“Opening up your options, shedding old ideas, and embracing new ones pushes designers to reach beyond their boundaries.”
It’s been exciting to watch sustainable fashion expand to show that an ethically made piece can be just as special as something traditionally produced—if not more. For me, the creative process must begin in a pure place, originating from something natural and inherent to oneself. To then take a deeply felt vision and bring it to fruition using fibers and processes that align with my ethics is really beautiful. Clothing design, whether for personal or commercial purpose, is an art. Opening up your options, shedding old ideas, and embracing new ones pushes designers to reach beyond their boundaries to create something different—something kinder that grows from a place of love. It is so possible.
That said, the industry at large (and we here at Mara Hoffman) have a ways to go. Working toward sustainability means identifying and questioning the parts of the industry that negatively impact the planet—while also keeping an open mind. A big flash point is fast fashion. As eco-friendly fashion has worked to slow down, to encourage buying with care, fast fashion has worked to speed up, to hit every trend and stay a step ahead. I, of course, want to slow things down, to protect our environment and the people making our clothes, but I also want to balance that with the fact that there are limited affordable sustainable options and really limited sustainable options for women larger than size 12. We’re working on a capsule collection to expand our sizing and hope other brands will too. I also want to balance my efforts with the regional economies that fast fashion contributes to, the communities whose livelihoods depend on it. By eliminating fast fashion’s producers and partners, you cut jobs and deprive entire communities of their sole source of income. This is a process; it’s not perfect, and it has to be considered from multiple angles.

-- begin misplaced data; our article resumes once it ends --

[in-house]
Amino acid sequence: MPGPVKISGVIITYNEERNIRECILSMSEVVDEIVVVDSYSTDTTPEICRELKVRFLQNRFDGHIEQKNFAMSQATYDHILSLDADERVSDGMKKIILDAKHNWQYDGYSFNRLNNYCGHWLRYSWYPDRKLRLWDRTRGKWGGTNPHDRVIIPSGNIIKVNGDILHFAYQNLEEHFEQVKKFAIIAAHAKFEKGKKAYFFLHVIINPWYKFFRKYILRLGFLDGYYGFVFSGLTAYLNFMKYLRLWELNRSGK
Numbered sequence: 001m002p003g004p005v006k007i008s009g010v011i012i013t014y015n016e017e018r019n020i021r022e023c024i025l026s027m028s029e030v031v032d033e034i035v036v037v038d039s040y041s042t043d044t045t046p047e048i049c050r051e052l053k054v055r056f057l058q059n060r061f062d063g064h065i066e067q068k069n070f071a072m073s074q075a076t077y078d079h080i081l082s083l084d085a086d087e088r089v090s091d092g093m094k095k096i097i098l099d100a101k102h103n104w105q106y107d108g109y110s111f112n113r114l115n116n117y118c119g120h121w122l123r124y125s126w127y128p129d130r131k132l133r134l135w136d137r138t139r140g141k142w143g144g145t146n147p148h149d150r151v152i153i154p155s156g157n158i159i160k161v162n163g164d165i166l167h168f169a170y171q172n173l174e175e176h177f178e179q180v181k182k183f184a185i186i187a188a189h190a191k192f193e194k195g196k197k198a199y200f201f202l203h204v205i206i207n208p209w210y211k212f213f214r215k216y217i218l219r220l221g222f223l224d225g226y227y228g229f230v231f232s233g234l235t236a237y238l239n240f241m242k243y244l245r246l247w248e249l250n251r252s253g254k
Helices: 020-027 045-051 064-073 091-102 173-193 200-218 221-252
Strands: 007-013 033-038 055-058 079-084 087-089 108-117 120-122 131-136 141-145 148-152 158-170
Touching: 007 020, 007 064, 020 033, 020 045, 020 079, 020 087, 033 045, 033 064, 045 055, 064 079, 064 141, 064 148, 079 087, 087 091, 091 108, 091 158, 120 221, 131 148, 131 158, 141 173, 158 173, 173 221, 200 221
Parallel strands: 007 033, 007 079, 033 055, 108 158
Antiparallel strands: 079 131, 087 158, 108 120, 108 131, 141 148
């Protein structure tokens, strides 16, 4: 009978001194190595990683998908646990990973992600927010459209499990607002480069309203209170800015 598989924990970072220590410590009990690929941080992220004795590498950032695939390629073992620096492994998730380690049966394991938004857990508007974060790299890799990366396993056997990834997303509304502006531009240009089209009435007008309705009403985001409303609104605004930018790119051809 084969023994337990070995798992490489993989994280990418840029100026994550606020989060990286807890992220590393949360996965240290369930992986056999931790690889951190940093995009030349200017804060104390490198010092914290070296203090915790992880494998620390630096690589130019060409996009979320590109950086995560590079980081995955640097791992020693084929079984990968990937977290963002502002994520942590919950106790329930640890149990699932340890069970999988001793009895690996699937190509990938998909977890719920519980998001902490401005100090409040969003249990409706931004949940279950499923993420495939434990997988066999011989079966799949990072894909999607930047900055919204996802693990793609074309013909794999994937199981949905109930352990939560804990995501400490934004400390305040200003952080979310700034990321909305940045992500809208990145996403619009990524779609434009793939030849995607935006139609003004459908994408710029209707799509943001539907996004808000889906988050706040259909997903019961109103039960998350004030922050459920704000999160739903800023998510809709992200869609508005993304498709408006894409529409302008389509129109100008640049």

I try to hold myself accountable for everything we put out into the world, and I ask that all brands and consumers do the same. Vote with your dollar. Do what you can to support the brands doing it right, and ask the brands that aren’t to change. Let’s push one another to fight greenwashing, to demand transparency, and to make sure that everything said and done is said and done with care.
To me, sustainability simply means being conscious of both our individual and collective impact. We can recycle at home and take our plastic grocery bags back to the store, but we must continue to question whether the brands, companies, and groups we engage with are doing enough. We need to keep asking, implementing, and pushing for more.
We’ve accepted that this journey is without an end, so it’s all about taking small victories, building on them, and using them as the fuel to keep moving, keep creating, and keep our minds in a space of love and light and compassion—because there is so much further to go. We’ll keep pushing for more, because we need it. And we need you with us.
MARA HOFFMAN founded her label in 2000 after graduating from Parsons School of Design in New York City. As president and creative director of her privately owned company, Hoffman hopes to foster mindful consumption habits and encourages consumers to reevaluate the relationship society has with clothing. Originally from Buffalo, NY, Hoffman now lives in Brooklyn with her husband, artist Javier Piñon, and their son, Joaquin.